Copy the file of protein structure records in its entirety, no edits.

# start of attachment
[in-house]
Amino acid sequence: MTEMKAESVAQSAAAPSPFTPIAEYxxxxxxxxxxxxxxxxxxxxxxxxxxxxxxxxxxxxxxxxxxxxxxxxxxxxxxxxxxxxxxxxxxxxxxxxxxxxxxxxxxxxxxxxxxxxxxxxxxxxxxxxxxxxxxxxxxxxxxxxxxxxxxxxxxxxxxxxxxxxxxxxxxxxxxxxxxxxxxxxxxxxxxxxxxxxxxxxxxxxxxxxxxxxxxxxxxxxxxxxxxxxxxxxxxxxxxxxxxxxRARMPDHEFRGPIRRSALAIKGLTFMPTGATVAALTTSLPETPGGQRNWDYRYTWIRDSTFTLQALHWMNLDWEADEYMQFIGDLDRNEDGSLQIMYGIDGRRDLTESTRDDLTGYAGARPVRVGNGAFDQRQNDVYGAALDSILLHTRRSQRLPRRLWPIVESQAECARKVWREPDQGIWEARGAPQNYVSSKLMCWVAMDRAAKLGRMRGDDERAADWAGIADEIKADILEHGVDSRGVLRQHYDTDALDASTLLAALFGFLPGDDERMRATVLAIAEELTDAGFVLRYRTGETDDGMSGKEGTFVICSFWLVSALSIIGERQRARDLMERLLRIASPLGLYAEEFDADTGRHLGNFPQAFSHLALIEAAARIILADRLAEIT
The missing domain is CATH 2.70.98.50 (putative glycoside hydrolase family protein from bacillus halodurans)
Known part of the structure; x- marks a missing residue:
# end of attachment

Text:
[in-house]
Amino acid sequence: MTEMKAESVAQSAAAPSPFTPIAEYxxxxxxxxxxxxxxxxxxxxxxxxxxxxxxxxxxxxxxxxxxxxxxxxxxxxxxxxxxxxxxxxxxxxxxxxxxxxxxxxxxxxxxxxxxxxxxxxxxxxxxxxxxxxxxxxxxxxxxxxxxxxxxxxxxxxxxxxxxxxxxxxxxxxxxxxxxxxxxxxxxxxxxxxxxxxxxxxxxxxxxxxxxxxxxxxxxxxxxxxxxxxxxxxxxxxxxxxxxxxRARMPDHEFRGPIRRSALAIKGLTFMPTGATVAALTTSLPETPGGQRNWDYRYTWIRDSTFTLQALHWMNLDWEADEYMQFIGDLDRNEDGSLQIMYGIDGRRDLTESTRDDLTGYAGARPVRVGNGAFDQRQNDVYGAALDSILLHTRRSQRLPRRLWPIVESQAECARKVWREPDQGIWEARGAPQNYVSSKLMCWVAMDRAAKLGRMRGDDERAADWAGIADEIKADILEHGVDSRGVLRQHYDTDALDASTLLAALFGFLPGDDERMRATVLAIAEELTDAGFVLRYRTGETDDGMSGKEGTFVICSFWLVSALSIIGERQRARDLMERLLRIASPLGLYAEEFDADTGRHLGNFPQAFSHLALIEAAARIILADRLAEIT
The missing domain is CATH 2.70.98.50 (putative glycoside hydrolase family protein from bacillus halodurans)
Known part of the structure; x- marks a missing residue: